Sometimes garlic is just garlic. And sometimes it is more. This fall, learning more about this wonder crop has been a fantastic distraction from the current political situation. Whenever I find myself despondent after further breaking news, I go where I always go to regroup--the garden.
While the rest of the garden is dying back, brittle from the winds of autumn and blackened from the first frosts, garlic is just getting started. Plus, this fall it has the added bonus of staving off vampires, or perhaps certain presidential candidates....
Garlic is a reminder that we are stronger together. One small clove planted this fall will turn into a coven come spring. Tightly packed little "witches" of an underground secret society, plotting an uprising.
Like most bulbs, garlic is planted in the fall. Mid-October is the optimal time here in zone 4. I always know it's time to plant garlic around MEA (if you're from Minnesota you know what I'm talking about). For all things frost related check our post, What the Frost?
PREPARE THY SOIL
Prepare the soil by tilling it, or loosening it with a hoe, shovel or a hand tool. Add compost if you have it, or purchase organic compost or well-rotted manure.
Garlic needs well-drained soil, it will rot if the soil is too wet.
Adding compost and organic matter will help with drainage, but will not help enough if planted where the soil stays saturated.
Don't forget to rotate your garlic rows if you've grown it in the past season. You should not plant anything in the allium family (onions, shallots, leeks or garlic) in an area used for these crops last year.
PREPARE THY "SEED"
Use only quality "seed garlic." Garlic "seeds" are just individual cloves of garlic. Do not use garlic from the grocery store for planting. High quality "seed garlic" but can be purchased online or at local organic nurseries.
Each garlic bulb contains 5-8 individual cloves. Each clove is planted separately and will produce a full bulb or "head" of garlic.
If you are into saving seeds, you will save the biggest garlic heads from your harvest and plant only the healthiest and robust cloves. They say that this is ideal as garlic "learns" about your unique soil and conditions and adjusts accordingly.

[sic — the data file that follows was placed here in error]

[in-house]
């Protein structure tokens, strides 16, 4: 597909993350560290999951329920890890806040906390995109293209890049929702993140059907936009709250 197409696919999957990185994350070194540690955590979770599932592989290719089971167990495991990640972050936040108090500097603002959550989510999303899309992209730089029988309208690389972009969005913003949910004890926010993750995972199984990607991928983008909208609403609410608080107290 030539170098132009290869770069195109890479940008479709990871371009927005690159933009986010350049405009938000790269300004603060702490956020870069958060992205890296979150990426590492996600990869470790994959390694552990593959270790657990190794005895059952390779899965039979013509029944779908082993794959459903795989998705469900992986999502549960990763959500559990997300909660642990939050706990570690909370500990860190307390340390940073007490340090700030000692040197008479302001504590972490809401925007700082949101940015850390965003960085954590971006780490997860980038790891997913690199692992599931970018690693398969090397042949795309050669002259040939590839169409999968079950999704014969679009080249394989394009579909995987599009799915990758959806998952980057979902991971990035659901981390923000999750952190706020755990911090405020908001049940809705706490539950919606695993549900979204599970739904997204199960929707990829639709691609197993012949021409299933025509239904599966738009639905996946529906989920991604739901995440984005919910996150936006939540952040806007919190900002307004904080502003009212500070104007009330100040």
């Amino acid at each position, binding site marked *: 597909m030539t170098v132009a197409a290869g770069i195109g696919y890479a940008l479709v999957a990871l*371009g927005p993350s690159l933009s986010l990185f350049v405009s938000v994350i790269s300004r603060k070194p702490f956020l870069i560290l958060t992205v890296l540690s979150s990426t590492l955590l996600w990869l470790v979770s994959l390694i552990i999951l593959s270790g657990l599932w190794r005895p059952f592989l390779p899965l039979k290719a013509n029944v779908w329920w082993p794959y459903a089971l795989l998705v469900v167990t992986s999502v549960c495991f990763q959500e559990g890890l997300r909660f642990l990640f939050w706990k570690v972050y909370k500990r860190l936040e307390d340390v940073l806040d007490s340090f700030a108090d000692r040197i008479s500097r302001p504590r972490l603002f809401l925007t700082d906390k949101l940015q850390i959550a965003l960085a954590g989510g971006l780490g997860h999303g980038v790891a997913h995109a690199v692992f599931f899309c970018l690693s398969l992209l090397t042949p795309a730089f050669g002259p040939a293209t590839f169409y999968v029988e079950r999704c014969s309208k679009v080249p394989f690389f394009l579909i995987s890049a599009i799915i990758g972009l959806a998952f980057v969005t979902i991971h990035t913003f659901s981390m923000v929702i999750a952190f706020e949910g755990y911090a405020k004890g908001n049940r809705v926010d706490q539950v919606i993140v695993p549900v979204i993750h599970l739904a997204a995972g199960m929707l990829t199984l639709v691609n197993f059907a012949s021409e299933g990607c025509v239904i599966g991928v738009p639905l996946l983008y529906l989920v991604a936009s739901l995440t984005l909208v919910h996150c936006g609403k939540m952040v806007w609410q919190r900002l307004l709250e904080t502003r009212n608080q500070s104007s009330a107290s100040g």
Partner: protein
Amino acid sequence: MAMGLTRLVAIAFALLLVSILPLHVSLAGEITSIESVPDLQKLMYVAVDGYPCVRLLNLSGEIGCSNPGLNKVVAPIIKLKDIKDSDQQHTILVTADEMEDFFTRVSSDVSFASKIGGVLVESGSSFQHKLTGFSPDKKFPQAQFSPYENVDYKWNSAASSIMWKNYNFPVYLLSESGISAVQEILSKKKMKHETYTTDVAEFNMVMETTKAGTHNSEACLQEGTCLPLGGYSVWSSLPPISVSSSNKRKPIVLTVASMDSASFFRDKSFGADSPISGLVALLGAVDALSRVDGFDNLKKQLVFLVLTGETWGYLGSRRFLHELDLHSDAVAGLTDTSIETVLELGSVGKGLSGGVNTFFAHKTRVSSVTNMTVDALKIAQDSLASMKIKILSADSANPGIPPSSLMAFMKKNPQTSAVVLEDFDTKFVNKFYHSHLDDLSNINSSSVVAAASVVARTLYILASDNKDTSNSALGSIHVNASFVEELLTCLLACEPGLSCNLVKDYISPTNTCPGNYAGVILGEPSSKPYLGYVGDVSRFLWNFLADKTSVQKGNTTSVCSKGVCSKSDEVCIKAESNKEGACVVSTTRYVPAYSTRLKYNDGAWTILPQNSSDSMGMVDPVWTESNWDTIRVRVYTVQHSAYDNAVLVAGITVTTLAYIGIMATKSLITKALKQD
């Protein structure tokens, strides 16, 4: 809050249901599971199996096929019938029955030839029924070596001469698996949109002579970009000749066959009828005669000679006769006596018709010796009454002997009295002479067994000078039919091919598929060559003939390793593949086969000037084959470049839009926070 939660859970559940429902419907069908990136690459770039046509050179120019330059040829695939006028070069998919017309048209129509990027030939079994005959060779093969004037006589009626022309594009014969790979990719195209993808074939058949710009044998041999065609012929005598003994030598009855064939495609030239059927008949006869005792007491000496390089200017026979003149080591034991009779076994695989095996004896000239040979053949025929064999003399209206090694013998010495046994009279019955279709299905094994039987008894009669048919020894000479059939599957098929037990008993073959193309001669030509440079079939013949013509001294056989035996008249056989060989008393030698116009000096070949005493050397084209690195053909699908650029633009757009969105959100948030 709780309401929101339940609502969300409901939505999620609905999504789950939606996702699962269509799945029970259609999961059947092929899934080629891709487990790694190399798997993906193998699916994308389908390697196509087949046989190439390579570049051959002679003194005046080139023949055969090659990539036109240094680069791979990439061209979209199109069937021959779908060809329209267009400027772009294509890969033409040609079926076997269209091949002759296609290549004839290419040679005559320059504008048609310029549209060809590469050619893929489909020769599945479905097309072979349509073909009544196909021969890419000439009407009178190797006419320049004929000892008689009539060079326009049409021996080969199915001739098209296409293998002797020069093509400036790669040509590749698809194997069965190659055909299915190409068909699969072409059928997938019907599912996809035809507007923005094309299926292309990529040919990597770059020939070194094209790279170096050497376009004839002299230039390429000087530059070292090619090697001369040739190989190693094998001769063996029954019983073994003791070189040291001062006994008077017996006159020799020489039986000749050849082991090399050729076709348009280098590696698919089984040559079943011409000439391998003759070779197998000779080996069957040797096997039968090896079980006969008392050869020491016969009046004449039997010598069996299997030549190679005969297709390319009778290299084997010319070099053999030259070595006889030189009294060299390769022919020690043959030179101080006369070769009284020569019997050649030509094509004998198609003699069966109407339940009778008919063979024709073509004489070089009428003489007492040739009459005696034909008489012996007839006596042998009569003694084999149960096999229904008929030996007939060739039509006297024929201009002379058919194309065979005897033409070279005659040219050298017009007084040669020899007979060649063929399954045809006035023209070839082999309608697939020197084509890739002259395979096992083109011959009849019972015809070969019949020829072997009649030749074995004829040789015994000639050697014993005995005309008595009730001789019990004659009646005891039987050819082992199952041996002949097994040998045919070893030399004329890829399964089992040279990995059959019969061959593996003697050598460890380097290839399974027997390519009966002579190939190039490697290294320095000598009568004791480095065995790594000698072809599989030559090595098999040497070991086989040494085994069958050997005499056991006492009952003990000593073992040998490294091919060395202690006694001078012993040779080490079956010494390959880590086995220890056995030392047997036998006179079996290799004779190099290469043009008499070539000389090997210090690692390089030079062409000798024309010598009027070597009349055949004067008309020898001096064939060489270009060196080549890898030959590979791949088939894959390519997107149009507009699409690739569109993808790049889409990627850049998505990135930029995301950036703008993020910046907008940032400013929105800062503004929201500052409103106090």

The garlic bulb should be broken apart by hand, don't use tools such as knives as you risk damaging the cloves.
Leave the peels intact, as it protects the clove in the ground. I think of it as it's winter coat, so don't plant "naked" garlic.
Garlic should be planted in rows 12 inches apart.
Use string to create your rows or step it off with one "foot" length between each row. Make a 2-3 inch deep furrow with a hoe or hand tool along the string line.
Each clove should be planted 6 inches apart in the row.
Plant the blunt end of the clove down (this is called the growth plate, where the roots emerge downward), pointy end up, approximately 2-3 inches deep.
Cover with soil and tap down firmly.
Cover all the rows heavily with straw or a mixture of compost and leaves about 6 inches high. Do not skimp! I find that leaves tend to blow away so I first lay down a layer of leaves, then straw.
Mulch will compact over winter and keep the garlic from freezing. The mulch will also hold in moisture, keep cloves from heaving out of the ground during frost/thaw and keep weeds down next spring and summer.
Although I said garlic does not like to be wet, it does need some moisture to start the rooting process. I usually water on top of the mulch just after planting it. You will not see any growth above ground in the fall, but it will be developing roots, so don't forget to water weekly if there is no rainfall before full frost.
There are many varieties of garlic out there, and there really is no right or wrong here. It is best to plant at least 2 varieties in case one variety doesn't do well. Pests usually don't bother garlic, however, there are various diseases that can effect garlic crops.